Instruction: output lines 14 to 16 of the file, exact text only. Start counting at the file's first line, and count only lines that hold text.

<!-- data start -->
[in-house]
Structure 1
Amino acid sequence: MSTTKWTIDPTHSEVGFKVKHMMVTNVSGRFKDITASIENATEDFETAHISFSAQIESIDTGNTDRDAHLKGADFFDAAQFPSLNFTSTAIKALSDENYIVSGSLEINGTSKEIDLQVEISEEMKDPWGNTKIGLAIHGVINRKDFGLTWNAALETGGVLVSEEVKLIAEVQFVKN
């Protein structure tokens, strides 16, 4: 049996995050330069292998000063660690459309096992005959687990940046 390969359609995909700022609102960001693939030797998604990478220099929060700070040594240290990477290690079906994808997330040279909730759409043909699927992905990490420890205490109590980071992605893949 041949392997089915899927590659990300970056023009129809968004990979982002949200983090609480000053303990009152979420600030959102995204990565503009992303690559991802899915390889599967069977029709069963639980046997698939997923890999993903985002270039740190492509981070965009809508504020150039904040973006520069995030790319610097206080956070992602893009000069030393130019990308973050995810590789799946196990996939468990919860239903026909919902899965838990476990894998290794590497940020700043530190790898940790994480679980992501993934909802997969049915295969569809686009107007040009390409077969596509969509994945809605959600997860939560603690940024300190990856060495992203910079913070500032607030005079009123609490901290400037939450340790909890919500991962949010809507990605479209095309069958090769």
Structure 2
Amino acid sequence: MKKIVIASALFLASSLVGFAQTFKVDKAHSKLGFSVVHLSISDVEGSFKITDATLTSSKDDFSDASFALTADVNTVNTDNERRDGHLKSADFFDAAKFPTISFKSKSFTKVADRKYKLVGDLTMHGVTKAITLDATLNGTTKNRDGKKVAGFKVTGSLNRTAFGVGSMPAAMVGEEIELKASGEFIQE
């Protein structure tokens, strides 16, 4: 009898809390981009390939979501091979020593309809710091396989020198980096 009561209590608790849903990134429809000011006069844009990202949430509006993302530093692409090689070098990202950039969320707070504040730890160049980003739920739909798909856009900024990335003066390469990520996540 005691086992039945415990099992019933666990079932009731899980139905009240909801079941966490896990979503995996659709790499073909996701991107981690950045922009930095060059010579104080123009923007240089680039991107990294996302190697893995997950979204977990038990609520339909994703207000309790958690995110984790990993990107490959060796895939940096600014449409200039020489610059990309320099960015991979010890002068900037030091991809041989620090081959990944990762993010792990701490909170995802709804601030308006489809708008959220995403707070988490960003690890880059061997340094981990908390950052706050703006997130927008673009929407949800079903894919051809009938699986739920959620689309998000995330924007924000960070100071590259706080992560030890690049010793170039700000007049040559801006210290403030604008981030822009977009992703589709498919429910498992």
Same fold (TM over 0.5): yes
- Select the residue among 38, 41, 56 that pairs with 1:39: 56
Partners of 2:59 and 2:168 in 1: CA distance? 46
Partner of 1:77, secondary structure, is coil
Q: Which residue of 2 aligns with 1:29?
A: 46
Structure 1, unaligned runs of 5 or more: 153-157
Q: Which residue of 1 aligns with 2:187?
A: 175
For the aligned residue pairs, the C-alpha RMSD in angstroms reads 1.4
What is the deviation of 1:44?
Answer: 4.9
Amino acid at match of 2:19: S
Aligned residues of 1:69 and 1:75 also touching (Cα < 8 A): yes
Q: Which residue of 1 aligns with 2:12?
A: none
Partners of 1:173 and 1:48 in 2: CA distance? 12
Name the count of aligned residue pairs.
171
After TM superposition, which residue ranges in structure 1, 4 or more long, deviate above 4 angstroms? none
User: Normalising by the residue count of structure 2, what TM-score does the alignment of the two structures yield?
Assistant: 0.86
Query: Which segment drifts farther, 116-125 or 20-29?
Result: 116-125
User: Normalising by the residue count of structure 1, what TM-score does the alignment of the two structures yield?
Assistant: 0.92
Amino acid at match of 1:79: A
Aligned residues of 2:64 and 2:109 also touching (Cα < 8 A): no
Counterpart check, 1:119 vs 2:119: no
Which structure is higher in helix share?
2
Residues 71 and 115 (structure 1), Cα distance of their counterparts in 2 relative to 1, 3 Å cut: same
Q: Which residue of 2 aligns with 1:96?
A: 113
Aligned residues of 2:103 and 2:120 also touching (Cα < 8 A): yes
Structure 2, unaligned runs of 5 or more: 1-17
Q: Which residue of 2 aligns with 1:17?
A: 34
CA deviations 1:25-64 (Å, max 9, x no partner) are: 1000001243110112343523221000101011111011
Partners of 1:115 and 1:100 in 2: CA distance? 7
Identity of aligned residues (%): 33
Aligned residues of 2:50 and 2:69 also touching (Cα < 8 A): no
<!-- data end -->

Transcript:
Structure 1, unaligned runs of 5 or more: 153-157
Q: Which residue of 1 aligns with 2:187?
A: 175